Plaintiffs now appeal the dismissal of their cause of action. Initially, though, we must deal with a threshold issue, raised by the defendants, concerning whether we have jurisdiction to hear this appeal.
The order dismissing the plaintiffs' complaint with prejudice was entered on June 18, 1985. Subsequently, on July 12, 1985, plaintiffs filed a "Post-Trial Motion for Reconsideration." On August 6, 1985, two days before a scheduled hearing on that motion, plaintiffs filed a motion for a continuance and for leave to conduct further discovery. The court on August 8 granted the plaintiffs' motion for a continuance "providing that [the] motion of plaintiff [sic] for reconsideration shall be heard no later than 90 days from this date." Should the plaintiffs fail to move for such a hearing within 90 days however, the court also provided that "the motion for reconsideration shall stand as denied unless good cause is shown otherwise."
On November 12, 1985, once 90 days had expired and the plaintiffs had not yet set a hearing for their motion, the court denied the motion for reconsideration "[p]ursuant to the terms" of its August 8 order. Plaintiffs thereafter filed their notice of appeal on December 9, 1985.
• 1 The filing of a timely notice of appeal is jurisdictional. (English v. English (1979), 72 Ill. App.3d 736, 393 N.E.2d 18; 87 Ill.2d R. 301.) Under Supreme Court Rule 303 (103 Ill.2d R. 303), notice of appeal must be filed within 30 days after the entry of a final judgment or within 30 days after the entry of an order disposing of a timely filed post-trial motion directed against the judgment. Certainly, the June 18, 1985, order dismissing the entire complaint with prejudice constituted a final judgment for purposes of this rule. Still, a party is permitted to file one post-judgment motion attacking the validity of that judgment within 30 days of its entry (Ill. Rev. Stat. 1983, ch. 110, par. 2-1203), and the plaintiffs' "post-trial" motion of July 12, 1985, was timely filed.
Defendants point to the language of the August 8, 1985, order allowing the plaintiffs' motion for a continuance, which states that the motion for reconsideration "shall stand as denied" should the plaintiffs fail to obtain a hearing on that motion within 90 days. Defendants urge that the failure of the plaintiffs to in any way present this motion for a determination on the merits within the 90-day deadline constituted an abandonment of that motion. Thus, defendants continue, the judgment became final as of the June 18, 1985, order, and the time for filing a notice of appeal began to run as of that date. (See English v. English (1979), 72 Ill. App.3d 736, 393 N.E.2d 18; Page v. Estate of Page (1978), 66 Ill. App.3d 214, 383 N.E.2d 615; Richey Manufacturing Co. v. Mercantile National Bank (1976), 40 Ill. App.3d 923, 353 N.E.2d 123.) As the argument goes, plaintiffs' failure to file their notice of appeal within 30 days of the June 18, 1985, order requires that we dismiss this appeal.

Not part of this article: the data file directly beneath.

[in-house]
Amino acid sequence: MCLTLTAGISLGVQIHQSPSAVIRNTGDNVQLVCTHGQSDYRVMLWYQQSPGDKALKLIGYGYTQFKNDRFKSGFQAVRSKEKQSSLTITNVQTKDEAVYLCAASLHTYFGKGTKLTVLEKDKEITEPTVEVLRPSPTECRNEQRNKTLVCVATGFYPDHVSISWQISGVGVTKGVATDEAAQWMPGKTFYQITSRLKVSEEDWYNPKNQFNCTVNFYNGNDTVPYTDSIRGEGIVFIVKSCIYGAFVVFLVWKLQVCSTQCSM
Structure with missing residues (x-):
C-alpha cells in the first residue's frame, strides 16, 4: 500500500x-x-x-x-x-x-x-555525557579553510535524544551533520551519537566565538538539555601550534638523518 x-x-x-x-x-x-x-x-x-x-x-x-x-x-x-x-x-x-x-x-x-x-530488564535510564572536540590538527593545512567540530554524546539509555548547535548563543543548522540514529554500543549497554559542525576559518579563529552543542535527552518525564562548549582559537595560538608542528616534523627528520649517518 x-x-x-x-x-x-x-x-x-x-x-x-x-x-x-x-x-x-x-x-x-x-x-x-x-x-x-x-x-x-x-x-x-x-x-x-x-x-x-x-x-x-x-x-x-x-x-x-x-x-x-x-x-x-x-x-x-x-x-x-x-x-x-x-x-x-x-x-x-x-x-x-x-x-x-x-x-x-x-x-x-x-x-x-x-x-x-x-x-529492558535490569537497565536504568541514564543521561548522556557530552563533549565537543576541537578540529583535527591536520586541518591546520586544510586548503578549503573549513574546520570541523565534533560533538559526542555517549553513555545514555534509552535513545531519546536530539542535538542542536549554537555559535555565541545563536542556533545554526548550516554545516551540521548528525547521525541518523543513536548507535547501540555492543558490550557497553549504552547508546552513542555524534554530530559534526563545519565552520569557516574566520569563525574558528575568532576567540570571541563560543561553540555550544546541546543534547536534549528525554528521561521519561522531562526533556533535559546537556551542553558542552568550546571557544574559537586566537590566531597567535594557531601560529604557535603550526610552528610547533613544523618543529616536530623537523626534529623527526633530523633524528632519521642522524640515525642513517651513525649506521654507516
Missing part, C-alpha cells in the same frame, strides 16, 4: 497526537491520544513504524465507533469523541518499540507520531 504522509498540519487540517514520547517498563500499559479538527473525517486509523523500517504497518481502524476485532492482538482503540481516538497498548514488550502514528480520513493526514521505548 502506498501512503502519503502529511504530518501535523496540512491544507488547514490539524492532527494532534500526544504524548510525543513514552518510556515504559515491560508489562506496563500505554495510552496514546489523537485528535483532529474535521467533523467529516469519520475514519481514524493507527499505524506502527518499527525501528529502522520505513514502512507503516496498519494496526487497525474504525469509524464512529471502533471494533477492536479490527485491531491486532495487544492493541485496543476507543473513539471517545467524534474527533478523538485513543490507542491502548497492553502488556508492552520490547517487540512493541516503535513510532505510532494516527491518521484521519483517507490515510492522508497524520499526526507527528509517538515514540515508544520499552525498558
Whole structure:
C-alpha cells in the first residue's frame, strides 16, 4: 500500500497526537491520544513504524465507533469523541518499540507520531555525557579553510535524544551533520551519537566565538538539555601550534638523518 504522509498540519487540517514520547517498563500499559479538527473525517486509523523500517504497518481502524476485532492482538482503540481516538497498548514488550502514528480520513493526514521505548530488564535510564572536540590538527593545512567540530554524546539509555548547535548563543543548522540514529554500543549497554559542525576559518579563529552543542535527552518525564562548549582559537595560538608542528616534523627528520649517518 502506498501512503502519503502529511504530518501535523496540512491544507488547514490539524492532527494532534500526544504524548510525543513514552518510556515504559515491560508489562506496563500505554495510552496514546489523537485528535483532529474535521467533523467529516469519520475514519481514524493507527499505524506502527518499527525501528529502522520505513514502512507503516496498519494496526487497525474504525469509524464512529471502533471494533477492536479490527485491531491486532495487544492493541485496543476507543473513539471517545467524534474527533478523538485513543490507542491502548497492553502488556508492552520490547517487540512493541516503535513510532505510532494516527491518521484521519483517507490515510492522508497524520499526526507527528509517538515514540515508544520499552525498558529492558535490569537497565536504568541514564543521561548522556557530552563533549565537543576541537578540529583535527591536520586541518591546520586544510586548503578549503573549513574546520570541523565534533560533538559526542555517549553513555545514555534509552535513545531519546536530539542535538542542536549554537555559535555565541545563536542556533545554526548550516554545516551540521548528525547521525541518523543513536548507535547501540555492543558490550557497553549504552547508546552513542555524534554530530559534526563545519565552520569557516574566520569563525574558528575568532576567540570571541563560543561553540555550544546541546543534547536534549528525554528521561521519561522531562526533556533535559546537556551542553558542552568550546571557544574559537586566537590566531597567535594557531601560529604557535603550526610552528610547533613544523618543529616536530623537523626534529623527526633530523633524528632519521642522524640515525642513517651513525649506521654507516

• 2 Granted, a party should ordinarily do more than merely file a motion. To avoid circuitry and delay, a party should affirmatively bring that motion to the attention of the court by requesting a hearing and obtaining a ruling on that motion. Nevertheless, we do not view the running of the 90-day court-imposed deadline as an abandonment of the plaintiffs' post-judgment motion such that the time for filing a notice of appeal effectively began as of the June 18 order. The requirement that plaintiffs call up their motion for a hearing within 90 days was presumably imposed according to a local circuit court rule. The fact that the plaintiffs could not argue the merits of their motion for reconsideration due to their own failure to comply with a circuit rule is irrelevant. (Slavick v. Michael Reese Hospital & Medical Center (1980), 92 Ill. App.3d 161, 415 N.E.2d 1060.) We find that the November 12 order was the final and appealable order, and thus the plaintiffs' notice of appeal on December 9, 1985, was timely filed. Thus, we have jurisdiction to hear this case.